Merit Network
Can't find what you're looking for? Search the Mail Archives.
  About Merit   Services   Network   Resources & Support   Network Research   News   Events   Home

Discussion Communities: Merit Network Email List Archives

North American Network Operators Group

Date Prev | Date Next | Date Index | Thread Index | Author Index | Historical

Re: Keynote/Boardwatch Internet Backbone Index A better test!!!

  • From: lhoward
  • Date: Sat Jun 28 17:38:17 1997

The following should be attributed to Gene Shklar:

Please set for 80 columns.
> 
> Thanks for the suggestions. We're considering doing a follow-up and perhaps making
> this a regular feature every 2 or 4 months thereafter. We've received a few suggestions
> for methodology changes/enhancements, and also several emails so far denouncing our
> methodology but not explaining why (which is typical of people in many areas -- politics,
> the environment, economics, whatever -- who disagree emotionally but not intellectually
> with the conclusions of a study).
> 
> The current methodology generally shows how a web site connected to a particular
> backbone appears to the general internet population of users. The results are intended 
> to be a guide (but not the only one) for helping web sites select or evaluate a collocation, 
> hosting, or access provider.
>

Fine, I will point out a few specific problems with your methodology:

1.  Although a variety of backbones is used, the study does not say
which ones.  Also, even though the study does point out the assymetrical
routing of a web transavtion (hot-potato), it doesn't point out that
the traffic being measured is a brief web request (which is dumped to
the web server's backbone ASAP) answered by a long response (10KB in
this case, dumped to the querier's backbone).

2.  The test used measures the responsiveness of a company's web servers,
which is not necessarily reflective of the response their customers get.
This test specifically measures traffic going "outbound", but suggests 
that this information is useful in determining a carrier for "inbound"
traffic.  This could be misleading; a web farm will have a lot more 
outbound traffic than inbound, and a dial-up only provider will have more
inbound traffic than out.

3.  The results show an average taken over 24 hours, ignoring the important
"time of day" factor.  Compuserve, for example, may be dog slow
for three hours per day, and greatly over-provisioned for the rest of the
day.  In other words, if over a three-hour period samples took 15 seconds,
but only took 2 seconds for the rest of the day, it would score better
than a provider with a consistent 6-7 second rate.  

4.  The transfer rate of 10KB x 5 is not the same as the transfer rate
of a 50KB file.  If one backbone is significantly "burstier" than 
another, this could dramatically affect throughput.  For instance, a
10KB file might easily go through a bursty or bouncy backbone in just
a few seconds, while larger files require greater consistency.

5.  Some companies have more popular web pages than others.  Few major
providers hang servers directly off their backbone (whatever that might
mean in this context), but rather have a lobe or two attaching their farm.
Just because a provider's web farm is saturated or busy or slow, does not
indicate that the rest of their backbone is.

Looking back, some of these errors reflect a misinterpretation of mine
that the results were intended for consumers looking for a connection, as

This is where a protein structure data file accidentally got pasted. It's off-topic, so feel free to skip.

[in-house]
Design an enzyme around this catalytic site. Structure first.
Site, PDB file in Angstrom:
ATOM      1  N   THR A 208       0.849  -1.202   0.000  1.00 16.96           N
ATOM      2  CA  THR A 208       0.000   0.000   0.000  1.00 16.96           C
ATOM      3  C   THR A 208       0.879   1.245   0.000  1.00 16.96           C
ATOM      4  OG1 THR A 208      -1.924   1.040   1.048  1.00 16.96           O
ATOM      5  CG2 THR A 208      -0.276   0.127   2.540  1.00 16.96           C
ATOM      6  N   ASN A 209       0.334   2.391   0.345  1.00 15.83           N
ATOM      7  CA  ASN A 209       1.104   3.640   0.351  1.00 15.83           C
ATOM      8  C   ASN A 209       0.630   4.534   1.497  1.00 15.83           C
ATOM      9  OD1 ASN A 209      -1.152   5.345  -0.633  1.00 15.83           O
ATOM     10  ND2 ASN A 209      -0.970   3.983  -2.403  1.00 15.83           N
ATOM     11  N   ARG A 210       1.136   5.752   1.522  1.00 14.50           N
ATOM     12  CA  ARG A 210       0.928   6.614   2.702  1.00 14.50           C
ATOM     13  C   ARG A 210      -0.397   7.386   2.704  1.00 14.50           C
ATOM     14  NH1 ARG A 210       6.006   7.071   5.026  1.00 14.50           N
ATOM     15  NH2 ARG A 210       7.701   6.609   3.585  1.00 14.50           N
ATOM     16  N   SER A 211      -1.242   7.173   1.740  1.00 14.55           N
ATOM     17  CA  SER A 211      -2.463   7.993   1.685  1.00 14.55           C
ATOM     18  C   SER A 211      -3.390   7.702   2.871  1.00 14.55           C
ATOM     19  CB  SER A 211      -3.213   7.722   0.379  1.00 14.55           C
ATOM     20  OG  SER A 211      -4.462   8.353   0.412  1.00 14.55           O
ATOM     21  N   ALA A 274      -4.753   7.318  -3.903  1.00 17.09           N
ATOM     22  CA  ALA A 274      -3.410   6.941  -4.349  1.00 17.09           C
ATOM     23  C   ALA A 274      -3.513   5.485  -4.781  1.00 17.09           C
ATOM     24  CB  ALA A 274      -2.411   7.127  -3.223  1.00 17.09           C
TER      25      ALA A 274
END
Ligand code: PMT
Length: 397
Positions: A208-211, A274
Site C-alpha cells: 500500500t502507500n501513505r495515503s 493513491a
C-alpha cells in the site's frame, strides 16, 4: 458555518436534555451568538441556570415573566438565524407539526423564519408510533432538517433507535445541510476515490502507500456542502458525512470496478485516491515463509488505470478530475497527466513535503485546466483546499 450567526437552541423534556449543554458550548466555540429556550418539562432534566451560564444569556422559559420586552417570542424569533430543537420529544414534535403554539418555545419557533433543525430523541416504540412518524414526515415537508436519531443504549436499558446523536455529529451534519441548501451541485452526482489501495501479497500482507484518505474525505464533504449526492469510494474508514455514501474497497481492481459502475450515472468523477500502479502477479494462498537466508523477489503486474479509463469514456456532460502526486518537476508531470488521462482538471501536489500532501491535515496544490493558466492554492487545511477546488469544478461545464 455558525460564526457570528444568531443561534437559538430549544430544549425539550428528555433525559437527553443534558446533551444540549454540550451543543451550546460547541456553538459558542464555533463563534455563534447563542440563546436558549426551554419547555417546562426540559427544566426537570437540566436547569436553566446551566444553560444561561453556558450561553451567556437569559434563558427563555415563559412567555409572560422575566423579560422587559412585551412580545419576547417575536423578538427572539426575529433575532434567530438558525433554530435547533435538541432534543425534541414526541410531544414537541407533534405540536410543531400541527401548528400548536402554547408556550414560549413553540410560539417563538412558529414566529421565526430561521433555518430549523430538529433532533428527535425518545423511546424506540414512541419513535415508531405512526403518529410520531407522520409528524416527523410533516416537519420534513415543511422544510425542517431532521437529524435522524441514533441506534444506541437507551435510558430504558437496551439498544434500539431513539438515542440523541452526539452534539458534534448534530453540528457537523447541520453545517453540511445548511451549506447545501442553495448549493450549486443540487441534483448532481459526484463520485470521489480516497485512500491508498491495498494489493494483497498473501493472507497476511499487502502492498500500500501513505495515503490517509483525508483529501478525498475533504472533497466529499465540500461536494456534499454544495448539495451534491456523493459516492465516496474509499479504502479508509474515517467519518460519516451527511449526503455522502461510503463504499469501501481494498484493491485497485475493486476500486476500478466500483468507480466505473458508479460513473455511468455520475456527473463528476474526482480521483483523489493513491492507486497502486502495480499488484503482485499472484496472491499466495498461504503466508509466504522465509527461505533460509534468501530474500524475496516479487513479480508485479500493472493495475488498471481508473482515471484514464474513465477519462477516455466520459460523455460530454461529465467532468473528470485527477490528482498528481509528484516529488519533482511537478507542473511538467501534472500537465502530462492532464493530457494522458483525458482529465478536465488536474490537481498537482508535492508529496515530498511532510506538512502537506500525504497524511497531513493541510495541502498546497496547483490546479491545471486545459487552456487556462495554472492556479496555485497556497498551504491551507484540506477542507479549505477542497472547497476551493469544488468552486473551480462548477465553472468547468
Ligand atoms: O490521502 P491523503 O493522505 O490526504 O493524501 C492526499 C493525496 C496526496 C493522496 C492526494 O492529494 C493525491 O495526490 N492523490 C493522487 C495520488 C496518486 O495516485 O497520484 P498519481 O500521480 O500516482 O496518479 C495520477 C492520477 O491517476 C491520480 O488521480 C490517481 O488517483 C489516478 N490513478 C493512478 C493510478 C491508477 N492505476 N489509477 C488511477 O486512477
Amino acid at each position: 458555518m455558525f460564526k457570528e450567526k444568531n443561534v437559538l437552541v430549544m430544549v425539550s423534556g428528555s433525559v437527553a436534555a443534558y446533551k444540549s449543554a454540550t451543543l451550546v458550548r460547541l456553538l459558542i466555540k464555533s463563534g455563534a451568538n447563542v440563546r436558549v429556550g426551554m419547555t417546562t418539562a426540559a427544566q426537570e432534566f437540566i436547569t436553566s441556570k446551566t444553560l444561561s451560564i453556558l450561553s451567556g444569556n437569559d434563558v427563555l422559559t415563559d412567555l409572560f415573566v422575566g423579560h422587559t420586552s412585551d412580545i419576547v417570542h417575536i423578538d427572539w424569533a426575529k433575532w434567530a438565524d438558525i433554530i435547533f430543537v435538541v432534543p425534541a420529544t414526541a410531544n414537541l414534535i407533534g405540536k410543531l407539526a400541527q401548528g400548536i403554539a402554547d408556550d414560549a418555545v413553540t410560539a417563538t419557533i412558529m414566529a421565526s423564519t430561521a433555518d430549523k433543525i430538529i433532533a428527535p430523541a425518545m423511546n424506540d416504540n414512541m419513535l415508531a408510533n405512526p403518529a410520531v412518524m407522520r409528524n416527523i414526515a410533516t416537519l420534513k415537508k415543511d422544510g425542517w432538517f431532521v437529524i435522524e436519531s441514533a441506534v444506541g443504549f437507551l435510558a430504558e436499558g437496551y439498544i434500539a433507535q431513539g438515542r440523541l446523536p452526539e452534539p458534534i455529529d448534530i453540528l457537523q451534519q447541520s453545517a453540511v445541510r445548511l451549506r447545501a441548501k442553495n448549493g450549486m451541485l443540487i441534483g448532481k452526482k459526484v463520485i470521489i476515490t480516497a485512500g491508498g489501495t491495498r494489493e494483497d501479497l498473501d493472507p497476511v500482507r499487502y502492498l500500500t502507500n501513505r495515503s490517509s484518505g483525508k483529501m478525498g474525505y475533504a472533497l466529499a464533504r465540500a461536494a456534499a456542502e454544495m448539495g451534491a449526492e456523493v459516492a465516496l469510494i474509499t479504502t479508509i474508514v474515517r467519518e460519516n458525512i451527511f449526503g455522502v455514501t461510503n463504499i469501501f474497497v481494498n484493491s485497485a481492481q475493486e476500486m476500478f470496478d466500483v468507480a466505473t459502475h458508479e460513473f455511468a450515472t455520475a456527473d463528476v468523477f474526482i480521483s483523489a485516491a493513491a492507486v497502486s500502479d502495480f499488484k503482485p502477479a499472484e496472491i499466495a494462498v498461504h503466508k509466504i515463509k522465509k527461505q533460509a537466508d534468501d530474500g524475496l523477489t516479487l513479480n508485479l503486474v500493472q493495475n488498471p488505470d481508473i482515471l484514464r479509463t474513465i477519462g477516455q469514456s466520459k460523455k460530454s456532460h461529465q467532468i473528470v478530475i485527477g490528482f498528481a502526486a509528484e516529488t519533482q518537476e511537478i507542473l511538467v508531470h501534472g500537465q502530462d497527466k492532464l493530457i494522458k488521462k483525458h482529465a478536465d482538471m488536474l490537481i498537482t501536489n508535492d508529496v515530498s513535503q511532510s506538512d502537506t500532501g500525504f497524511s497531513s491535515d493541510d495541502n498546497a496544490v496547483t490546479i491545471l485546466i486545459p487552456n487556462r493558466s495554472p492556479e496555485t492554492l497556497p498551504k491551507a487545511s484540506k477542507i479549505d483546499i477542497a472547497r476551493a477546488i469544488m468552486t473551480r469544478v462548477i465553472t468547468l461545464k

opposed to a place to host their web server.  Most of these points still
apply, however.  And people will use the study results this way; if I can
make that mistake, J. Random LUser could, too.

Also, the links from the page to the graphs were diappointing.  What 
units are measured in the "Best Value" chart?  What does the price of a
T1 have to do with web hosting?  

All of the previous notwithstanding, I would be interested in a better
version of this study.  Even more interesting would be to track how
providers do over the course of several studies--who responds well to
backbone congestion?

> Gene Shklar			GeneShklar@keynote.com
> Keynote Systems, Inc.		voice	(415) 524-3011

Lee

Lee Howard      	Internet Systems Engineer
(703)208-5231		UUNET High-speed Install         
lhoward@uu.net		Do I speak for UUNET? [NOT IN ANY WAY]

> "A great Internet application experience is all a matter 
> of customer perspective."
> 
> 
> ----------
> From: 	Peter Cole[SMTP:Peter.Cole@telescan.com]
> Sent: 	Friday, June 27, 1997 10:57 AM
> To: 	nanog@merit.edu
> Cc: 	marketing@keynote.com
> Subject: 	RE: Keynote/Boardwatch Internet Backbone Index  A better test!!!
> 
> I would like to see the test run again with the following change.  
> 
> From each provider test the response time of the other 28 sites and not
> the providers own web server.  Then average the response times for these
> other 28 web servers and report that average response time from that
> provider.  The providers with good connectivity to the rest of the net
> should have lower average response time.  
> 
> 
> P.S. One might also be interested in the top one hundred web sites
> average response time.
> 
> Peter Cole   of   Telescan, Inc.       (281)588-9155
> Better computing through lack of sleep.
> 
> > ----------
> > From: 	Golan Ben-Oni[SMTP:bnite@tremere.ios.com]
> > Sent: 	Thursday, June 26, 1997 3:53 PM
> > To: 	nanog@merit.edu
> > Subject: 	Keynote/Boardwatch Internet Backbone Index
> > 
> > For shits and grins:
> > 
> > http://www.keynote.com/measures/backbones/backbones.html
> > 
> > -Golan
> > 
> 
> 
> 
> 





Discussion Communities


About Merit | Services | Network | Resources & Support | Network Research
News | Events | Contact | Site Map | Merit Network Home


Merit Network, Inc.